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Jesse Puljujarvi to Edmonton—Even When We Lose the Lottery, We Win the Lottery

The Edmonton Oilers had no reason to hope they'd get one of, by far, the three best players in the draft. And they did.

Bruce Bennett/Getty Images

I'm going to give it to you straight, honest reader. I didn't have one ready for Jesse Puljujarvi. I haven't even mastered spelling "Puljujarvi." Life is short and brain cells are finite, why waste time thinking about Jesse Puljujarvi? We may as well prepare for the Oilers drafting the moon.

Everybody knew that the top three draft picks had been set, probably in order, for all of 2016. Auston Matthews, then Patrik Laine, then Jesse Puljujarvi. Seldom, perhaps never, has the top three been less controversial. This was so obvious that when the Oilers landed in the black hole of fourth overall I got drunk from grief. You'd have to be a moron, an blithering human trash bag, with flaps flailing in the wind and old egg shells launching out of your mouth, to let Jesse Puljujarvi slip to fourth overall.

But we reckoned without LUMBUS; hapless, hopeless LUMBUS. You know, they were named the "Blue Jackets" because they wanted to imitate the sea-coloured management staff of the Oilers, picking random second-rate aggressive-penalties-are-harder-to-kill players for no obvious reason and regretting it forever. Even so, when the rumours today ran that Columbus didn't like Puljujarvi, that they'd take another, obviously markedly inferior option, we scoffed. If you trusted rumours the Oilers were about to swap some spare parts for P.K. Subban. Rumours are nonsense. Not even the Columbus Blue Jackets, no, not even them, would be so mad. John Davidson has definitely seen a hockey game before. He's been on television!

I mean, Puljujarvi is 6'3", solidly-built, has the sort of shot that felled Russians by the score in the '40s, combined with his buddy Laine to turn the World Juniors into their own private practice rink, was sixth on his SM-liiga team in scoring, is younger than Matthews, is younger than Matthew Tkachuk, is even a month younger than Laine. He skates well. He can make plays. He's an honest-to-God right wing, the only forward position the Oilers could use a young hand at, rather than a winger who some GM thinks can be a centre. You'd have to be a blithering lunatic to let Puljujarvi fall to Edmonton...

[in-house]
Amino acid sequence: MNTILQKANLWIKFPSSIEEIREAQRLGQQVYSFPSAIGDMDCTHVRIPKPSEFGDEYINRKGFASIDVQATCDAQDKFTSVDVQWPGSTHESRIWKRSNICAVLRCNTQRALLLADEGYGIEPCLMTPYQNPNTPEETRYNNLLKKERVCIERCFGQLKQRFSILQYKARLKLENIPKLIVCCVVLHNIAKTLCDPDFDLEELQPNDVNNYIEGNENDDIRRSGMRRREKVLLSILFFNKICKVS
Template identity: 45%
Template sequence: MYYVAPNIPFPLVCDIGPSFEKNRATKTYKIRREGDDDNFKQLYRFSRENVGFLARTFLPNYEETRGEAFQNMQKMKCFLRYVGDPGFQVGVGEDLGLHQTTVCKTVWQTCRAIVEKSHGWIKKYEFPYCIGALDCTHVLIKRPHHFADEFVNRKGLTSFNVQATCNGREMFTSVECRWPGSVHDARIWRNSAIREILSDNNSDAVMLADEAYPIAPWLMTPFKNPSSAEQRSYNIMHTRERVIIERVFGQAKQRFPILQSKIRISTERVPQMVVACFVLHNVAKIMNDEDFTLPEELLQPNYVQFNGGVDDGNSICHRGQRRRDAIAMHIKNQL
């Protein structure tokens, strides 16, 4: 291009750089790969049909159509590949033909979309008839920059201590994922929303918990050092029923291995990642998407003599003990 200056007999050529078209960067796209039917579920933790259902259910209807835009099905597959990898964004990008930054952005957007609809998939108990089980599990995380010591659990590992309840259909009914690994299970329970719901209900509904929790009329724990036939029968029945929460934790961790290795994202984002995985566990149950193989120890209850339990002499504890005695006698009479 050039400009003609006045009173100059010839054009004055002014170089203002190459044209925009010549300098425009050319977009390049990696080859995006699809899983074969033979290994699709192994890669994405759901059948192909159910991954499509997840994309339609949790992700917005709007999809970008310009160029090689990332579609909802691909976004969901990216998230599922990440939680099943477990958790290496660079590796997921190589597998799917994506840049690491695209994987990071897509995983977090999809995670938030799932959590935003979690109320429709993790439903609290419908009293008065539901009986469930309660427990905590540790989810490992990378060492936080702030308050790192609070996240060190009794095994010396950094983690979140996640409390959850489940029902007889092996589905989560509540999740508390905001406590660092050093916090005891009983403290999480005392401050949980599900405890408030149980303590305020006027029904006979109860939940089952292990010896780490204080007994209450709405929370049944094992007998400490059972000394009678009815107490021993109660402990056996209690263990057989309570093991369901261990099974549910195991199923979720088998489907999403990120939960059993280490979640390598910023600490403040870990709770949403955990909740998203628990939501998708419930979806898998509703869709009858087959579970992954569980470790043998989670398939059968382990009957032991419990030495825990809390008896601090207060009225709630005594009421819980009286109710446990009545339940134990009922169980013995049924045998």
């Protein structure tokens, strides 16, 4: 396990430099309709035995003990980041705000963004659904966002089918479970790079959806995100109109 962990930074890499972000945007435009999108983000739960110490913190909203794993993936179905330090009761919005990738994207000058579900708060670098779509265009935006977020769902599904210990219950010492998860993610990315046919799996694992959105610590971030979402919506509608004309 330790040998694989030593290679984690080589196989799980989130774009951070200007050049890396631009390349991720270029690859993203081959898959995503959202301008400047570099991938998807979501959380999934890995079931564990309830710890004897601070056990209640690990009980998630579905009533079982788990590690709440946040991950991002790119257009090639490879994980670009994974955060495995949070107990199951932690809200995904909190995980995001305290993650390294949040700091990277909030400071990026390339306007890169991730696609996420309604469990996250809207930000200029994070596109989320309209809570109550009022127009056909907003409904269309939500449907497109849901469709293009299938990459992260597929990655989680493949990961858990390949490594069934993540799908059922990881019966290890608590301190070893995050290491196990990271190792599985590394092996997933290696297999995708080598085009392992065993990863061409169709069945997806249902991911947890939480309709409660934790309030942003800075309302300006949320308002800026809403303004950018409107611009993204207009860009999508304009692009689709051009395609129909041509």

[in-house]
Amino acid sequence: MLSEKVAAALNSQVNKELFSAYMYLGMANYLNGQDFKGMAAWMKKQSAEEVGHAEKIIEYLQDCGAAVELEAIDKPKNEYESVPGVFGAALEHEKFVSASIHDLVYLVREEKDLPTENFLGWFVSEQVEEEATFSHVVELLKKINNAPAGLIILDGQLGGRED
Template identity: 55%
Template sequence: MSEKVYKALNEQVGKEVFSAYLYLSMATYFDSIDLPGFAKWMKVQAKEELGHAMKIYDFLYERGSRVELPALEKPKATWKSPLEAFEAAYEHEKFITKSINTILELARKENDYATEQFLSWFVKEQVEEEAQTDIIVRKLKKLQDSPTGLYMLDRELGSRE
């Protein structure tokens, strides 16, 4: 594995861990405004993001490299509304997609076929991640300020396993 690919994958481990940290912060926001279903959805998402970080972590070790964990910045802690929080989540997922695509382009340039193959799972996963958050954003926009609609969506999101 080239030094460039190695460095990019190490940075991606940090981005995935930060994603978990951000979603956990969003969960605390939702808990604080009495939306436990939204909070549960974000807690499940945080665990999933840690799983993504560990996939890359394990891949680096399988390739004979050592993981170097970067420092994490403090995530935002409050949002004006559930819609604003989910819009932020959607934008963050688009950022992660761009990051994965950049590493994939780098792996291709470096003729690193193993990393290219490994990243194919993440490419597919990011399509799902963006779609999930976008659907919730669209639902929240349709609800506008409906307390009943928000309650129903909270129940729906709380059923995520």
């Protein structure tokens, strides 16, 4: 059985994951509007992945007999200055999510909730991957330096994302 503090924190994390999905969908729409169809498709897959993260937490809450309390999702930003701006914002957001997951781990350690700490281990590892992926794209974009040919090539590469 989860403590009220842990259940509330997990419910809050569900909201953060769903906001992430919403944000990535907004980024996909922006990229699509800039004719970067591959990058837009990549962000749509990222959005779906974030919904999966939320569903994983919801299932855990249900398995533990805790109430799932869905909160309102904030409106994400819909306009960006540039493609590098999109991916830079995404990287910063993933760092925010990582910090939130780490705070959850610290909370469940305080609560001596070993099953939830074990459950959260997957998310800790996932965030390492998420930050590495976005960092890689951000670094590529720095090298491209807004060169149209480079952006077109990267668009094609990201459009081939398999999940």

...and then that's what Columbus did. Even when we lose the draft lottery, we win the draft lottery.

Did you know Puljujarvi has more SM-liiga points in his career than Laine? It's true. Until this year he was, statistically, a good stride ahead of the higher-touted Finn. Puljujarvi's playoff was at least as good as Laine's, although Laine went deeper. In the post-season he had a better points-per-game against adults in Finland than Pierre-Luc Dubois did against teenagers in Quebec. Laine really passed Puljujarvi based on his unbelievable international play, but there's a reason why Laine-versus-Puljujarvi was, until last December, an argument.

Puljujarvi is good. He is tough to play against. He has wingspan and a motor and any cliché you like. He would be a worthy top-three pick in any year, and he went number four. Prospects may be the only area in which we have any luck but seeing this kid on the right, with Taylor Hall on the left and Connor McDavid in the middle, has the potential to redeem a lot of suffering.

This is not a phrase that can often be used in Oil Country, but we should be deliriously happy right now.